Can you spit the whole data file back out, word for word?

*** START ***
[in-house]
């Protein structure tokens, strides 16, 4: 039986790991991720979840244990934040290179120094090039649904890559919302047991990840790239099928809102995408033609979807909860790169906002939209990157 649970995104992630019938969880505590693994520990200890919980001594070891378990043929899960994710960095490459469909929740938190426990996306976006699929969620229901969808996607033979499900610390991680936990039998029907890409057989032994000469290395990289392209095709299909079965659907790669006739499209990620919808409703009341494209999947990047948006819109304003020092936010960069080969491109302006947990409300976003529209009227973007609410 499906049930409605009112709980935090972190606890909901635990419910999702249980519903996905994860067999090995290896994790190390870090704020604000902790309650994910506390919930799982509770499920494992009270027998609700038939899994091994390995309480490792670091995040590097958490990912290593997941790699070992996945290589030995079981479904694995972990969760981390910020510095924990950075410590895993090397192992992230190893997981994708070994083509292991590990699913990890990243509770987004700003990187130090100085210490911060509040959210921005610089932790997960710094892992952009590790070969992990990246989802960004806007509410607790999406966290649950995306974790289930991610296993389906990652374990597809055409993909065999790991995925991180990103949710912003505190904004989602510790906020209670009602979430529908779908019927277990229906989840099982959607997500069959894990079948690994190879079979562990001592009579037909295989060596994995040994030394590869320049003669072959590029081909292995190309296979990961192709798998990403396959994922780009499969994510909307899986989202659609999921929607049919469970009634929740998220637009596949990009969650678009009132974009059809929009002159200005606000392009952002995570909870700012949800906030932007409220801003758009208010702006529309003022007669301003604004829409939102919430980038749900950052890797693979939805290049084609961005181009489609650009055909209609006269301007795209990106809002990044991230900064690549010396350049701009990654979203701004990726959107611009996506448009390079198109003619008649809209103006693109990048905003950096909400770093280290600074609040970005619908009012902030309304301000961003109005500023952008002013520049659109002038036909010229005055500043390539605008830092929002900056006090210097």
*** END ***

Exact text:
[in-house]
């Protein structure tokens, strides 16, 4: 039986790991991720979840244990934040290179120094090039649904890559919302047991990840790239099928809102995408033609979807909860790169906002939209990157 649970995104992630019938969880505590693994520990200890919980001594070891378990043929899960994710960095490459469909929740938190426990996306976006699929969620229901969808996607033979499900610390991680936990039998029907890409057989032994000469290395990289392209095709299909079965659907790669006739499209990620919808409703009341494209999947990047948006819109304003020092936010960069080969491109302006947990409300976003529209009227973007609410 499906049930409605009112709980935090972190606890909901635990419910999702249980519903996905994860067999090995290896994790190390870090704020604000902790309650994910506390919930799982509770499920494992009270027998609700038939899994091994390995309480490792670091995040590097958490990912290593997941790699070992996945290589030995079981479904694995972990969760981390910020510095924990950075410590895993090397192992992230190893997981994708070994083509292991590990699913990890990243509770987004700003990187130090100085210490911060509040959210921005610089932790997960710094892992952009590790070969992990990246989802960004806007509410607790999406966290649950995306974790289930991610296993389906990652374990597809055409993909065999790991995925991180990103949710912003505190904004989602510790906020209670009602979430529908779908019927277990229906989840099982959607997500069959894990079948690994190879079979562990001592009579037909295989060596994995040994030394590869320049003669072959590029081909292995190309296979990961192709798998990403396959994922780009499969994510909307899986989202659609999921929607049919469970009634929740998220637009596949990009969650678009009132974009059809929009002159200005606000392009952002995570909870700012949800906030932007409220801003758009208010702006529309003022007669301003604004829409939102919430980038749900950052890797693979939805290049084609961005181009489609650009055909209609006269301007795209990106809002990044991230900064690549010396350049701009990654979203701004990726959107611009996506448009390079198109003619008649809209103006693109990048905003950096909400770093280290600074609040970005619908009012902030309304301000961003109005500023952008002013520049659109002038036909010229005055500043390539605008830092929002900056006090210097």